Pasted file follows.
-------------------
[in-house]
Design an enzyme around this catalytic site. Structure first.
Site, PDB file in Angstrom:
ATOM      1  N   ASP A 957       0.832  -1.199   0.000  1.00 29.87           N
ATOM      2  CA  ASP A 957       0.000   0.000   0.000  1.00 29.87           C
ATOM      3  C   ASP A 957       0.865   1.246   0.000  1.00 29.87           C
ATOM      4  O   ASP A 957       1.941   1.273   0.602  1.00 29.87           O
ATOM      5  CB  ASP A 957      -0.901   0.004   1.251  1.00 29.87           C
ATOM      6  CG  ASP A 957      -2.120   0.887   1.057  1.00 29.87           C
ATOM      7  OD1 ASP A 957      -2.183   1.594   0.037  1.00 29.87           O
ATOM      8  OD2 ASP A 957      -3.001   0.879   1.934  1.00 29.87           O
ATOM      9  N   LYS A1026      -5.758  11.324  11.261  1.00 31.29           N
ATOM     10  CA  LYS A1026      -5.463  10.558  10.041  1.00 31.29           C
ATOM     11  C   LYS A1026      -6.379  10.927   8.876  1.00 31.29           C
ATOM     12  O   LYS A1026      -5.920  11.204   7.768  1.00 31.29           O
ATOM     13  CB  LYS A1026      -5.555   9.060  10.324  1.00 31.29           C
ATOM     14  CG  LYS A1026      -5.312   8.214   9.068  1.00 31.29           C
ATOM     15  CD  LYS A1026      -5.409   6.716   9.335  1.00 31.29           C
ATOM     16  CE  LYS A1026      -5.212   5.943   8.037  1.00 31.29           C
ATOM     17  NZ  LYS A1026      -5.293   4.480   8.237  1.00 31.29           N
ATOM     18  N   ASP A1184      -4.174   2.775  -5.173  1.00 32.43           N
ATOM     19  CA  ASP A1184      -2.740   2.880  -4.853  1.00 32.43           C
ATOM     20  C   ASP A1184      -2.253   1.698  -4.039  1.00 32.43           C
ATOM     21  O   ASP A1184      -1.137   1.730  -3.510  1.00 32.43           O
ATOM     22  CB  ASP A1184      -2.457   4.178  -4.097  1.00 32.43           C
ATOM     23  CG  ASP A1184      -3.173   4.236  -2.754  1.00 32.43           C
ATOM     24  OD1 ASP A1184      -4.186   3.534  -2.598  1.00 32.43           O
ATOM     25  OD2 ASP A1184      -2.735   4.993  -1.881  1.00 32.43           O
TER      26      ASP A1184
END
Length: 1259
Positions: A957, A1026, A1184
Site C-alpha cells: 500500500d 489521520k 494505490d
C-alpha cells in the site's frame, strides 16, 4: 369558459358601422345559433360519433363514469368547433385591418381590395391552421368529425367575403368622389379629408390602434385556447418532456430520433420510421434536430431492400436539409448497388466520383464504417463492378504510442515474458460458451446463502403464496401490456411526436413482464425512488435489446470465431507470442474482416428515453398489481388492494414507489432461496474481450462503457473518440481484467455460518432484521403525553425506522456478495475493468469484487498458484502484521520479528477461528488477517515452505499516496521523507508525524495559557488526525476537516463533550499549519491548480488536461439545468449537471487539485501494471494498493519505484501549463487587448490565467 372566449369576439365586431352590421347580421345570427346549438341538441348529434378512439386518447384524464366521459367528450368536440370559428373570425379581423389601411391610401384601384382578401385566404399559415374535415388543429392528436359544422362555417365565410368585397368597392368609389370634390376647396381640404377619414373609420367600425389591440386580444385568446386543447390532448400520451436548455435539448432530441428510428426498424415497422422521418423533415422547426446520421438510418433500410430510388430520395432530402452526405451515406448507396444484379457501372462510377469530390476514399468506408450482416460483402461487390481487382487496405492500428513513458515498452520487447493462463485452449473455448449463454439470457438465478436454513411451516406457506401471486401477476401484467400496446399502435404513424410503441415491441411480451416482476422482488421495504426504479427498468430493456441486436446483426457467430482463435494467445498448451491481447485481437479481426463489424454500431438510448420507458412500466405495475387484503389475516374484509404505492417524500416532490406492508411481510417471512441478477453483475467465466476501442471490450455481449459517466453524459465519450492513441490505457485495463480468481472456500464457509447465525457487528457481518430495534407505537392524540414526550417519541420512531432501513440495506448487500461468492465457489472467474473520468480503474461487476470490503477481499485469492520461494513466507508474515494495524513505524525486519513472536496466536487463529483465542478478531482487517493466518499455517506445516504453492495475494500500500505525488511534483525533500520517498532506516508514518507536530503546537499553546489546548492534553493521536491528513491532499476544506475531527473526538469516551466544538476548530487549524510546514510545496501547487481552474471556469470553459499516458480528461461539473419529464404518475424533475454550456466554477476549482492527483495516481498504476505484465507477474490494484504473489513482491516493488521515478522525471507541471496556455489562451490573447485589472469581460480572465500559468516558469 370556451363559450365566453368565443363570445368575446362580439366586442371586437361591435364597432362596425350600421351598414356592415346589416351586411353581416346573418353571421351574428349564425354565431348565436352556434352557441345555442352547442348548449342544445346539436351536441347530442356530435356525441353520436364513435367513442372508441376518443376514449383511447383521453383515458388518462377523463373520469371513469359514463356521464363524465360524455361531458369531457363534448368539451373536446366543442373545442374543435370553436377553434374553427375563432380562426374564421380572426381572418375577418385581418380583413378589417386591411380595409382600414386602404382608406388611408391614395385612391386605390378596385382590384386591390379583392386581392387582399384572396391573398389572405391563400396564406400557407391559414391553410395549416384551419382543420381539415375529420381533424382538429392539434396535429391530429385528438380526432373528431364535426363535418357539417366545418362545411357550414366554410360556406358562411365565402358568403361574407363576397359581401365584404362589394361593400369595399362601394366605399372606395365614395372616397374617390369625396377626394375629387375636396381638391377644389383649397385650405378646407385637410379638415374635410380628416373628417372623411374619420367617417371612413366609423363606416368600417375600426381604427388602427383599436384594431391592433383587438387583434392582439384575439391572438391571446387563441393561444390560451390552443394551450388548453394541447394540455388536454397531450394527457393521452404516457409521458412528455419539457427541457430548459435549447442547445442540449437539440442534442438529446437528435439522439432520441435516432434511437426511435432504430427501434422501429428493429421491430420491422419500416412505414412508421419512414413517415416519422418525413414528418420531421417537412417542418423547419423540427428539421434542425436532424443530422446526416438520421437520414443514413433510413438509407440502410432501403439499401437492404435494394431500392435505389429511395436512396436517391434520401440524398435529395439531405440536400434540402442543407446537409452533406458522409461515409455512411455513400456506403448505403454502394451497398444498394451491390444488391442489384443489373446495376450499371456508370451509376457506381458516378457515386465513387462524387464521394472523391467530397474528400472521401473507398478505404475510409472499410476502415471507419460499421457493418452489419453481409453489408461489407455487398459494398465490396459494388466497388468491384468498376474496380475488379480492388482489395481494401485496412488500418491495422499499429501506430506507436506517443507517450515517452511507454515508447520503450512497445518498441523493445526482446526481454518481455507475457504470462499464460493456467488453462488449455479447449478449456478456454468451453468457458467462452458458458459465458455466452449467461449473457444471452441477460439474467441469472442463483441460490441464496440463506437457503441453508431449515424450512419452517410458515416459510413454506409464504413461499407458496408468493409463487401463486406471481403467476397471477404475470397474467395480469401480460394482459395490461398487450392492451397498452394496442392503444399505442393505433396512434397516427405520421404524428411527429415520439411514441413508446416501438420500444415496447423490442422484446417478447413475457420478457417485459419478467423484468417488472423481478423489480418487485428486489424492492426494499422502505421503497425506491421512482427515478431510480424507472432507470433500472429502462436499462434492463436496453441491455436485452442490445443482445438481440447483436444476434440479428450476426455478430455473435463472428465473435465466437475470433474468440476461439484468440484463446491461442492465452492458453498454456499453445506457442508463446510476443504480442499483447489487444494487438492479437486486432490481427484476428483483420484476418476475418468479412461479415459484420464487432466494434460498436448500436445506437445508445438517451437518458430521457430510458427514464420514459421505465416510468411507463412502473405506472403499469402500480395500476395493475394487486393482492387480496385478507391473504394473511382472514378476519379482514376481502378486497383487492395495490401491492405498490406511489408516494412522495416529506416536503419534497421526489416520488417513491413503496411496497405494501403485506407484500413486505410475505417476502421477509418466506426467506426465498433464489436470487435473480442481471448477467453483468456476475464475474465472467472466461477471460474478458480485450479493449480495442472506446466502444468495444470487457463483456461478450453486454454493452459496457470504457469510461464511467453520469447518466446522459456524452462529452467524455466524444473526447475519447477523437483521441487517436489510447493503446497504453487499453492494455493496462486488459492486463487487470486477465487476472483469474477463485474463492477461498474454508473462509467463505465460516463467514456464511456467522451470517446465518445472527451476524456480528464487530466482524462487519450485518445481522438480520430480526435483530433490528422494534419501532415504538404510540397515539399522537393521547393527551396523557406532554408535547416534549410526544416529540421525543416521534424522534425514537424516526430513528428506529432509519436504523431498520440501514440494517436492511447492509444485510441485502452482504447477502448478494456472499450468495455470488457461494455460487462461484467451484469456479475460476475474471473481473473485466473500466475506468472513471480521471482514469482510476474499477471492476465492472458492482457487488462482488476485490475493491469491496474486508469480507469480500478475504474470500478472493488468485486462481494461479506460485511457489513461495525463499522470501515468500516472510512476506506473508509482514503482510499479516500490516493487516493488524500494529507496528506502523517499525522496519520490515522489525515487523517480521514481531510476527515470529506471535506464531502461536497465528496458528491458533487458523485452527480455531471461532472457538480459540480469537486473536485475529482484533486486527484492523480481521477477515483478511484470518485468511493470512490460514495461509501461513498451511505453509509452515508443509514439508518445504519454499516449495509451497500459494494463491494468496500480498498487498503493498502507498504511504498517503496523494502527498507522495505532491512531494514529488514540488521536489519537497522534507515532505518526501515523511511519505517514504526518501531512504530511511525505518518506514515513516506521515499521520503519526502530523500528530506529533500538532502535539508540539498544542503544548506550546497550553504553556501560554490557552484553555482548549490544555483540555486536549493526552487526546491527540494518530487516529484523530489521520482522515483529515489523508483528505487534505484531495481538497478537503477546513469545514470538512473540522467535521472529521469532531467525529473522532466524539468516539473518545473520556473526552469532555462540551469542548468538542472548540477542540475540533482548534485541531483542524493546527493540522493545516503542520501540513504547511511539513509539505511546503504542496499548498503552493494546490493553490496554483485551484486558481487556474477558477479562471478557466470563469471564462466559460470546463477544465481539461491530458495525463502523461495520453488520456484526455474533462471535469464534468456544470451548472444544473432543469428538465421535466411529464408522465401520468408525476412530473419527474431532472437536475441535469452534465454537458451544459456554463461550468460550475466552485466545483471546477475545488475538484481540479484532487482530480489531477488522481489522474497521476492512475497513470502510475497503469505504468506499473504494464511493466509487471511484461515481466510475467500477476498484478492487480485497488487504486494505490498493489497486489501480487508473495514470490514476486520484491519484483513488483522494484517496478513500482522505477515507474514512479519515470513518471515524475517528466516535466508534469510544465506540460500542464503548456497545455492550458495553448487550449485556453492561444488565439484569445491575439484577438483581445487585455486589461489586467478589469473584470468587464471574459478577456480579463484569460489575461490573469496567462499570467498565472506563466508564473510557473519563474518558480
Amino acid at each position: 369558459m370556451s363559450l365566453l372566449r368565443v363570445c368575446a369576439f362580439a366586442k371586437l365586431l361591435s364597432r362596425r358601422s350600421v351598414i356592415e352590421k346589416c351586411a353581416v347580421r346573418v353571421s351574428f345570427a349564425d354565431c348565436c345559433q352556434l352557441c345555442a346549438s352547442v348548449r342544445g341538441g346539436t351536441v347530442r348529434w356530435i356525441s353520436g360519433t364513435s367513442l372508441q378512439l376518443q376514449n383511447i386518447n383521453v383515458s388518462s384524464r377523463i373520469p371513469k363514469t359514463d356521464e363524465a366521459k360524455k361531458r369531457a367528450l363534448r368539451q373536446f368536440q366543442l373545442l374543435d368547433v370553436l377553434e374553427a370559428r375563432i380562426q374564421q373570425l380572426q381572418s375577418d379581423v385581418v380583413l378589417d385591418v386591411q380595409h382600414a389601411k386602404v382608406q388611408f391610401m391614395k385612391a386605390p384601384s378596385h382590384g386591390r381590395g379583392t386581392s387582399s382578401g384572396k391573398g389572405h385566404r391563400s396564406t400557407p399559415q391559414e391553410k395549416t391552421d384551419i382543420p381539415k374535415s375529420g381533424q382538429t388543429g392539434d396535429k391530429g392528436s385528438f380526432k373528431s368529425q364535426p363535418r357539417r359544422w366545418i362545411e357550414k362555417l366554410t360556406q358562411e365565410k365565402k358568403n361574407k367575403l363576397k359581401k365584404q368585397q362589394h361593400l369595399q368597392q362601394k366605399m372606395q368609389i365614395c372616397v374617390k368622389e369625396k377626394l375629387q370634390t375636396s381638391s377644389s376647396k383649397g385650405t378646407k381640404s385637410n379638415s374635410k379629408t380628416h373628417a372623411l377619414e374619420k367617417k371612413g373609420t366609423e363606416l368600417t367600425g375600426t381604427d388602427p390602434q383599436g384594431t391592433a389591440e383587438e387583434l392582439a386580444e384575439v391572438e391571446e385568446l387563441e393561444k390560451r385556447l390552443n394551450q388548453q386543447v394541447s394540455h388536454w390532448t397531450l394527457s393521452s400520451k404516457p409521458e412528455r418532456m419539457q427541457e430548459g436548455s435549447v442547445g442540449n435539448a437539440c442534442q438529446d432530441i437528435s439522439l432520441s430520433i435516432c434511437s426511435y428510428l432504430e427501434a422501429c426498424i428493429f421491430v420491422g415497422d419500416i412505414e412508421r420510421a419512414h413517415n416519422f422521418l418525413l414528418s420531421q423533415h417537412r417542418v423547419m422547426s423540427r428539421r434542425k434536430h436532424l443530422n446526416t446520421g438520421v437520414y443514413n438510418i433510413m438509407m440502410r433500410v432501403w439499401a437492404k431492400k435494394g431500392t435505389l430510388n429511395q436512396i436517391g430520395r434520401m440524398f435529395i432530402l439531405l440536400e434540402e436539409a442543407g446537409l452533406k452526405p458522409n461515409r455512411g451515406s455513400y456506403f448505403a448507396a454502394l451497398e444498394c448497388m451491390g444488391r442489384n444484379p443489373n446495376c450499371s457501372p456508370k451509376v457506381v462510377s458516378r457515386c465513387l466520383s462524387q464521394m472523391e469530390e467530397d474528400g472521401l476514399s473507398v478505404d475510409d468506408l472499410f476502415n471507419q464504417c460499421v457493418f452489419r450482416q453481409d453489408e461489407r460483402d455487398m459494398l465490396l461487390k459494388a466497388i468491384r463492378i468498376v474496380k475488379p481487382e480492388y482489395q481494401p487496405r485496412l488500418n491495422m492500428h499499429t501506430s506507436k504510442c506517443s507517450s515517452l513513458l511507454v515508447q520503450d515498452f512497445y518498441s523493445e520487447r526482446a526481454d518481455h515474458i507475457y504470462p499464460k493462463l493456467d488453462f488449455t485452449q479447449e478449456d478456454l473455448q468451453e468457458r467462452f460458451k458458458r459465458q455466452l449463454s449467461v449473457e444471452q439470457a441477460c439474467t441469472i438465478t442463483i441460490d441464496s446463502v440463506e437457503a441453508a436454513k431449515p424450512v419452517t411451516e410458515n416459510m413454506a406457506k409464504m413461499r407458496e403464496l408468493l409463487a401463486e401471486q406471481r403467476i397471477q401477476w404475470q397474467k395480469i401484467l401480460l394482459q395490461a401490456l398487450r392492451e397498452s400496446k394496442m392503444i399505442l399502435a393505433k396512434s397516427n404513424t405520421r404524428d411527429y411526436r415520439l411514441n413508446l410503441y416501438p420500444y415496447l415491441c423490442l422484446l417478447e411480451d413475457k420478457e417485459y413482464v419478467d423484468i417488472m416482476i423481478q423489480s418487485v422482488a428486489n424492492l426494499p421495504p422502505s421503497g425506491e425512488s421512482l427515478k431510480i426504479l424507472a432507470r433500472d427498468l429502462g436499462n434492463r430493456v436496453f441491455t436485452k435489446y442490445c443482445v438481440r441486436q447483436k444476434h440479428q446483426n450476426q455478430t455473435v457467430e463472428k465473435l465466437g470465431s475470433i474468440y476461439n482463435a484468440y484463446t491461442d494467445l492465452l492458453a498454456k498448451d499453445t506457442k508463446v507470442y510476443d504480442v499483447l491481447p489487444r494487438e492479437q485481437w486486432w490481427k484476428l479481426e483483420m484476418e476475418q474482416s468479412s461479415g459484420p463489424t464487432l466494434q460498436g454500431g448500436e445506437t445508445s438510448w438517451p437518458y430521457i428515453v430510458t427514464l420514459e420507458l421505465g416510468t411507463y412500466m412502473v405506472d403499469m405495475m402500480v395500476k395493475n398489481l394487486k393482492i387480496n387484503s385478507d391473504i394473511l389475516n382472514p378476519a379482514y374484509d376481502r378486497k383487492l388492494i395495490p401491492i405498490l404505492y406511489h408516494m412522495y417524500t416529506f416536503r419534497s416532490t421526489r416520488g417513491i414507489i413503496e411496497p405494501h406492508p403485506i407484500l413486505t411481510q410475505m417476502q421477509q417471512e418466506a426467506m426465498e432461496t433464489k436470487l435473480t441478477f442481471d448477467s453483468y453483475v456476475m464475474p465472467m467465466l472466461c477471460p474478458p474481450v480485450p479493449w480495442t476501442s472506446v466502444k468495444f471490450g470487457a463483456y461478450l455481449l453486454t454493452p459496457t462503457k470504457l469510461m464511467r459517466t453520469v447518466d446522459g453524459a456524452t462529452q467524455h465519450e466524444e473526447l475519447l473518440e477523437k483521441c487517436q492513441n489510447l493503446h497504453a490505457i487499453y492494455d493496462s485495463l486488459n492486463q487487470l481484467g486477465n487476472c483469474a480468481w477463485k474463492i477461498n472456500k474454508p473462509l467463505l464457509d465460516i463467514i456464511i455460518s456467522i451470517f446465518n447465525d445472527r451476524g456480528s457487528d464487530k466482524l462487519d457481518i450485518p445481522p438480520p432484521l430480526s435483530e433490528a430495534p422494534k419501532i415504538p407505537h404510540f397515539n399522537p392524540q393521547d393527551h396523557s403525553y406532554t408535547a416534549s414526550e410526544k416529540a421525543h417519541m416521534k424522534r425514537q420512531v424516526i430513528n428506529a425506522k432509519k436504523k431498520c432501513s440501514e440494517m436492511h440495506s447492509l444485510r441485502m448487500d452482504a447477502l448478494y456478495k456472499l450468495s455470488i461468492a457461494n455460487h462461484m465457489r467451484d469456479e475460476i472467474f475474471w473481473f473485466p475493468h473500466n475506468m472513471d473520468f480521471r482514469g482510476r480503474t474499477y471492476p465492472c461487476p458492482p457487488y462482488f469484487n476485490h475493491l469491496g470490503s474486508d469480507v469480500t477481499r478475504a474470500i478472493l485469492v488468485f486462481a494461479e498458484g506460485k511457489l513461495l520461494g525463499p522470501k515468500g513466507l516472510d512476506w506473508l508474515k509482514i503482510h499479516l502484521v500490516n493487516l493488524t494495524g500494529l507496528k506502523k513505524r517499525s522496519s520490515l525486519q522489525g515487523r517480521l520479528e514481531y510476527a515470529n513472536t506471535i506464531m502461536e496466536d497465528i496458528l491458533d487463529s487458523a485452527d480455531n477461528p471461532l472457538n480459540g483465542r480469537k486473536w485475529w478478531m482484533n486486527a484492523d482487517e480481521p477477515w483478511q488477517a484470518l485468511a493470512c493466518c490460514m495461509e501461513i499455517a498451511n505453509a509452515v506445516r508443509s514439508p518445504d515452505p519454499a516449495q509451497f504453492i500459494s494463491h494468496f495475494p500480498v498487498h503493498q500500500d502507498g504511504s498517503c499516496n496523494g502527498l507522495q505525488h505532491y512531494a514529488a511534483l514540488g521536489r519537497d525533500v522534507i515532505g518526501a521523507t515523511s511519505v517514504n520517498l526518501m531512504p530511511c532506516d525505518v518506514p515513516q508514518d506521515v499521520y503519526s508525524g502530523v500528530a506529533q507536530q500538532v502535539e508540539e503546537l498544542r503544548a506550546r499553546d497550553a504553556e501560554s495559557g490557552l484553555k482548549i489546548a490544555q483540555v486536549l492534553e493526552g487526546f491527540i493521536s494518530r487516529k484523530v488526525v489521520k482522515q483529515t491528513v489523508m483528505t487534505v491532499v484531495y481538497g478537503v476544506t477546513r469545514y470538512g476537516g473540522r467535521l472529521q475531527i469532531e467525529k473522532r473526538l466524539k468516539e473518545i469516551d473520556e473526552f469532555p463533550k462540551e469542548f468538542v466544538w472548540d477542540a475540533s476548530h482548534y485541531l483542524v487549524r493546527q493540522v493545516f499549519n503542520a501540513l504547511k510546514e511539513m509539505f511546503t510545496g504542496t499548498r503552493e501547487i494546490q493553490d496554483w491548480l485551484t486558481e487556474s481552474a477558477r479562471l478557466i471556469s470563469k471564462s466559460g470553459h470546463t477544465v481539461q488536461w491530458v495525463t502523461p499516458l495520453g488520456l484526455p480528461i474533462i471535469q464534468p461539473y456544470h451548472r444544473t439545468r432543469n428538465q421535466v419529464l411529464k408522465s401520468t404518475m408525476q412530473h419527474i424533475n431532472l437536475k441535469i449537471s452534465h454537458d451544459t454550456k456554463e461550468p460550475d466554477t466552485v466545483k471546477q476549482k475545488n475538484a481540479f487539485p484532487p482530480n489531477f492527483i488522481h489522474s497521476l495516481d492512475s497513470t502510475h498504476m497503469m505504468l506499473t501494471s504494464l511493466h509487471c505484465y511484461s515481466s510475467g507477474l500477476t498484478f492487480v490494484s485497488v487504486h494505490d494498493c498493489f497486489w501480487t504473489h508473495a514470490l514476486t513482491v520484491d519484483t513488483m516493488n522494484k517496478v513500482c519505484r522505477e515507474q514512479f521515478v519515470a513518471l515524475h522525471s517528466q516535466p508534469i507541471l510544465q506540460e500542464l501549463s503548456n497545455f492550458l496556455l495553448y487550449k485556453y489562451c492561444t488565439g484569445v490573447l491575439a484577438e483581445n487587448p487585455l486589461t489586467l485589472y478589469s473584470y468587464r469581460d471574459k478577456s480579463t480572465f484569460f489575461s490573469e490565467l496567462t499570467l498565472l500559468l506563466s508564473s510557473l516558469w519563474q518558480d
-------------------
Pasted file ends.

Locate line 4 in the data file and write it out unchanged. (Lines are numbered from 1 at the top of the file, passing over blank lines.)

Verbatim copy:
ATOM      1  N   ASP A 957       0.832  -1.199   0.000  1.00 29.87           N